This year, 2016, is the 11th year of the Nedbank Sport Affinity’s support of the Nedbank/Sports Trust Development Cycling Programme in the Western Cape, including the Boland and West Coast regions.

Since 2005, as a result of the programme, 1 186 high-school learners have participated in the Cape Argus Cycle Tour (now known as the Cape Town Cycle Tour or CTCT), which is the largest timed cycling event in the world.

Each year the programme has supplied bikes and supported the training and participation of over 80 learners from 12 high schools in disadvantaged communities in the Western Cape.

The CTCT attracts over 35 000 cyclists from all over the world, who join Nedbank’s teams on the starting line of the 108 km race in March each year.

‘Each year we equip and train approximately 200 learners in the Nedbank/Sports Trust Development Cycling Programme,’ says Mike Tippett, the director of development cycling at The Sports Trust, which manages Nedbank’s sports sponsorships.

In the 2016 event two of the development cyclists, Yulrich Portre and Grant Halloway, finished the race in under three hours. Portre’s time was 2,57 and Halloway’s was 2,59. The men’s winning time was 2,35; therefore Portre was only 22 minutes behind the winner and Halloway only 24 minutes behind.

‘While it is a great achievement and we are extremely proud to have 70 to 80, out of 200, competing annually in the Argus/Cape Town Cycle Tour, it worries us that the 130 who don’t qualify aren’t getting the same attention or competition experience,’ says Tippett.

Competing all year round

Tippett believes that all the cyclists identified for the programme should ideally be competing all year round in the schools league, the Spur Mountain Bike Series and the Community cycle races in various regions. One of the issues The Sports Trust is addressing in this regard is that the schools league requires road bikes, while the majority of the development cyclists are given mountain bikes because they are more practical for multiple uses, including getting to school and as general transport.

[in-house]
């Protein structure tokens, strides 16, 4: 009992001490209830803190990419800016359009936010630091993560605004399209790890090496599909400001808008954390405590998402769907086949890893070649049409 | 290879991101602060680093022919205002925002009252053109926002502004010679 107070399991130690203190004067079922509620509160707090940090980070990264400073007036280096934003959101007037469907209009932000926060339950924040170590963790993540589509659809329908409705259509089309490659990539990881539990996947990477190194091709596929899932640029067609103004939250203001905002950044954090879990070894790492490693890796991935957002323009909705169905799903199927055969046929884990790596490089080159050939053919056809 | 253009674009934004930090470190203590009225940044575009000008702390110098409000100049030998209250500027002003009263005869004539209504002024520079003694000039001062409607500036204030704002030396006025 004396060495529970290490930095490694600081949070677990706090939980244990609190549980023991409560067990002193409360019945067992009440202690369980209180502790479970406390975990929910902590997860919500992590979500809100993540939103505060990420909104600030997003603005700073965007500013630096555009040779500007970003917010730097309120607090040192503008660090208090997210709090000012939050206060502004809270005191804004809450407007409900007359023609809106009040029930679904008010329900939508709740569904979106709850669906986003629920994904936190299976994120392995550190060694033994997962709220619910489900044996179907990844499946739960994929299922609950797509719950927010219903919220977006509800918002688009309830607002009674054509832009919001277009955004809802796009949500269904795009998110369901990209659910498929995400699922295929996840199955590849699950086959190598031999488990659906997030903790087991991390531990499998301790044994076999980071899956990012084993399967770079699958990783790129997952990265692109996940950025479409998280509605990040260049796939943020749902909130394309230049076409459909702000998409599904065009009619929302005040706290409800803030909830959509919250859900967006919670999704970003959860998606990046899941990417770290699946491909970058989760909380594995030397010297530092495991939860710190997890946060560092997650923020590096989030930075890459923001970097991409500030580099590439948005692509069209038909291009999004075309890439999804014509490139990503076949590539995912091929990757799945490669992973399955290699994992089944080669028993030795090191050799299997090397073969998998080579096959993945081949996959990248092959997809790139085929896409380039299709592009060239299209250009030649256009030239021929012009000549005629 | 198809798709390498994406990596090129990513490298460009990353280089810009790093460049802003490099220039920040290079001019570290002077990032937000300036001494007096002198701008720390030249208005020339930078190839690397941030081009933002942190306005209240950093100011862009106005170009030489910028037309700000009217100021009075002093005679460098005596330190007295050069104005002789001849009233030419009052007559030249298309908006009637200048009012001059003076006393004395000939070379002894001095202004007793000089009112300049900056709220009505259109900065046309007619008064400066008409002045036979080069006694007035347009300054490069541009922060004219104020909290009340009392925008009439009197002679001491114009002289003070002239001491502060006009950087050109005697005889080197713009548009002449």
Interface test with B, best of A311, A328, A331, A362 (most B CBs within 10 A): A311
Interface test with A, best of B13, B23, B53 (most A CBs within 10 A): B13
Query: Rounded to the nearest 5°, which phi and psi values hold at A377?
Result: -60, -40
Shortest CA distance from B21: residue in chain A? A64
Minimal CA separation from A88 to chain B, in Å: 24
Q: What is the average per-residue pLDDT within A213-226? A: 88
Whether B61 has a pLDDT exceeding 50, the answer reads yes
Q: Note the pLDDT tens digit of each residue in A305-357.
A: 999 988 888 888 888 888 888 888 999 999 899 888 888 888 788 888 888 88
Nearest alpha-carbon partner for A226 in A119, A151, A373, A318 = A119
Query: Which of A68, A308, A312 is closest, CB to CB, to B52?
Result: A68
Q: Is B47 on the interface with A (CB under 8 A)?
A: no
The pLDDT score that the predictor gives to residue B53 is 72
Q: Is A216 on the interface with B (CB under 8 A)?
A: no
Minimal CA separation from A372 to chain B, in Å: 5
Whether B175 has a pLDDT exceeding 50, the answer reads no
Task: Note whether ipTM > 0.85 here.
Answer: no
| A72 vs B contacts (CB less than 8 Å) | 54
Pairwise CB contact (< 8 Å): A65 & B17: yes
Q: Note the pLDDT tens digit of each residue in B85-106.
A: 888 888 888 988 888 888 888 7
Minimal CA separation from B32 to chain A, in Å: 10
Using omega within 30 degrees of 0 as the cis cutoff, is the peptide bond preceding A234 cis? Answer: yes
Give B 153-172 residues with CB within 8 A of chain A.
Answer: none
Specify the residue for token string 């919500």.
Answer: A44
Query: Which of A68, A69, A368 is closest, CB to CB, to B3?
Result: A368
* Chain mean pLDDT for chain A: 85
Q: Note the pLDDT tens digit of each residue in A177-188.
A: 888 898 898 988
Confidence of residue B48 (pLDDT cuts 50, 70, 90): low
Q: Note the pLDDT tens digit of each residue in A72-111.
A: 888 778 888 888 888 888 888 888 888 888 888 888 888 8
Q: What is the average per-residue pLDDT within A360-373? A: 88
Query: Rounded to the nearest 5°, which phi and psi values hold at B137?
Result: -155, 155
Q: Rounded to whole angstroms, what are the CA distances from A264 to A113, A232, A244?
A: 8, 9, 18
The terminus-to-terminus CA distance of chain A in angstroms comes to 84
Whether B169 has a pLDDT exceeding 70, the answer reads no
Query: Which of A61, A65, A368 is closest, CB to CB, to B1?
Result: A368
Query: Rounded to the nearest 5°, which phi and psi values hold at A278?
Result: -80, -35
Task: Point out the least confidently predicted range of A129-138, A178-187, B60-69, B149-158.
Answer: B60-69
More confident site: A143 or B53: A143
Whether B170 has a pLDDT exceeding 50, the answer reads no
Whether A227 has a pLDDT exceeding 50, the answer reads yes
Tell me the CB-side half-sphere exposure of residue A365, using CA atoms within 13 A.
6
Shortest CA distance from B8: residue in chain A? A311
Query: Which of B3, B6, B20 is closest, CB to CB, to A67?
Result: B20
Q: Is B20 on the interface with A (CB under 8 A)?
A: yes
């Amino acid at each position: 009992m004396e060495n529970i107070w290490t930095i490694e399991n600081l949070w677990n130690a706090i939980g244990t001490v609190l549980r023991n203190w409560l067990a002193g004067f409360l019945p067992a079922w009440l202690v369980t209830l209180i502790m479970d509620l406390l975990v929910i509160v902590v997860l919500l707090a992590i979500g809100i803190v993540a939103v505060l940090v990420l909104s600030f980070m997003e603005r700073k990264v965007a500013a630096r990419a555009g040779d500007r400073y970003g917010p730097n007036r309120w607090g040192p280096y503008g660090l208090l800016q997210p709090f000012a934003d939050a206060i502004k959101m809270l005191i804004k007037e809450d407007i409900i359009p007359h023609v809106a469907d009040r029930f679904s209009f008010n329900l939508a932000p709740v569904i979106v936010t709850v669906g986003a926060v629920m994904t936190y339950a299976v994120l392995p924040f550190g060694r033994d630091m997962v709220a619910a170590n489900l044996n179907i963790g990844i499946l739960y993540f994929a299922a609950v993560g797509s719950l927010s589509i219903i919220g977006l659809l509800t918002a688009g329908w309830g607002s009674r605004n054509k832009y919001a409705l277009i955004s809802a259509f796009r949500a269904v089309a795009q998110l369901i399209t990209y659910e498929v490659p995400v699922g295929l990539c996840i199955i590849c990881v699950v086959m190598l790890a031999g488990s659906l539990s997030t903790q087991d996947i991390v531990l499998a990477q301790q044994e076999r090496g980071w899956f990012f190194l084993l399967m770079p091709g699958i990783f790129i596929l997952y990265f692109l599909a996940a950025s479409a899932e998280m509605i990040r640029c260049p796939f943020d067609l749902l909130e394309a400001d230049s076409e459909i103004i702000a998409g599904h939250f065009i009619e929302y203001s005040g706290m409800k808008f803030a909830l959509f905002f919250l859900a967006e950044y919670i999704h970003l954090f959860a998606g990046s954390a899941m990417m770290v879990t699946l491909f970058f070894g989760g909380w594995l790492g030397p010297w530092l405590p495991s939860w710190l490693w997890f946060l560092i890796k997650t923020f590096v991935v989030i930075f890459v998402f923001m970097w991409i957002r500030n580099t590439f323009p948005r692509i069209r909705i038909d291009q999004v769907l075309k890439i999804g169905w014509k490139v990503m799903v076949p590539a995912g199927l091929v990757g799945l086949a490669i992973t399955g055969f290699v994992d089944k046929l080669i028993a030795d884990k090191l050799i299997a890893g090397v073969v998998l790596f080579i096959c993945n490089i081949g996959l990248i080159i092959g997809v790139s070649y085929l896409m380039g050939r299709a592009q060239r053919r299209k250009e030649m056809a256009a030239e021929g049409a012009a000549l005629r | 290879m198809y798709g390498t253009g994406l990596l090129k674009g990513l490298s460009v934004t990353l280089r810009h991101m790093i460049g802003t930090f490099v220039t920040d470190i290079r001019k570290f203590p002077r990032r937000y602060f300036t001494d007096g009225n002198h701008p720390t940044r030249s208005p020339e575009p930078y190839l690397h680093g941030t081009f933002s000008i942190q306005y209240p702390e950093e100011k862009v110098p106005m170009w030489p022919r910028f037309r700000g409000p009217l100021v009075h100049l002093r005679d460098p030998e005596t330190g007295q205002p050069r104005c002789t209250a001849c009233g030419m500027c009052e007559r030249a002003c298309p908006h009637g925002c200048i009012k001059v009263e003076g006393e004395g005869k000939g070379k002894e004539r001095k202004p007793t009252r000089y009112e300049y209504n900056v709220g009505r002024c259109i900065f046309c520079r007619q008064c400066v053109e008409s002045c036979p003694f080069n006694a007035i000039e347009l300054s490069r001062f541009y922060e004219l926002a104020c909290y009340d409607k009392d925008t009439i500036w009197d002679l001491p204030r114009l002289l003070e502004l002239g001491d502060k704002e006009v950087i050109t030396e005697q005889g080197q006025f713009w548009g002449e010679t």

In addition to the 200 programme participants, there are thousands of high-school learners out there whom Nedbank and The Sports Trust would like to offer the opportunity to compete in local community races.

‘Cycling develops discipline and commitment, and it draws young people away from the alcohol and drug abuse, crime and gang warfare that many are subjected to in their communities. We strive to develop a healthy and balanced lifestyle,’ says Tippett.

Nedbank Community Cycle Races

To encourage greater participation in cycling, this year saw the launch of the Nedbank Community Cycle Races, in partnership with the Western Cape Department of Cultural Affairs and Sport. In 2016 they will host seven community cycle races in a range of communities, including those on the West Coast, and in the Boland and Cape Town metro regions.

In February 2016 the first race was hosted in Saldanha Bay and the whole community participated in the event, which also saw 130 of the Nedbank development cyclists competing.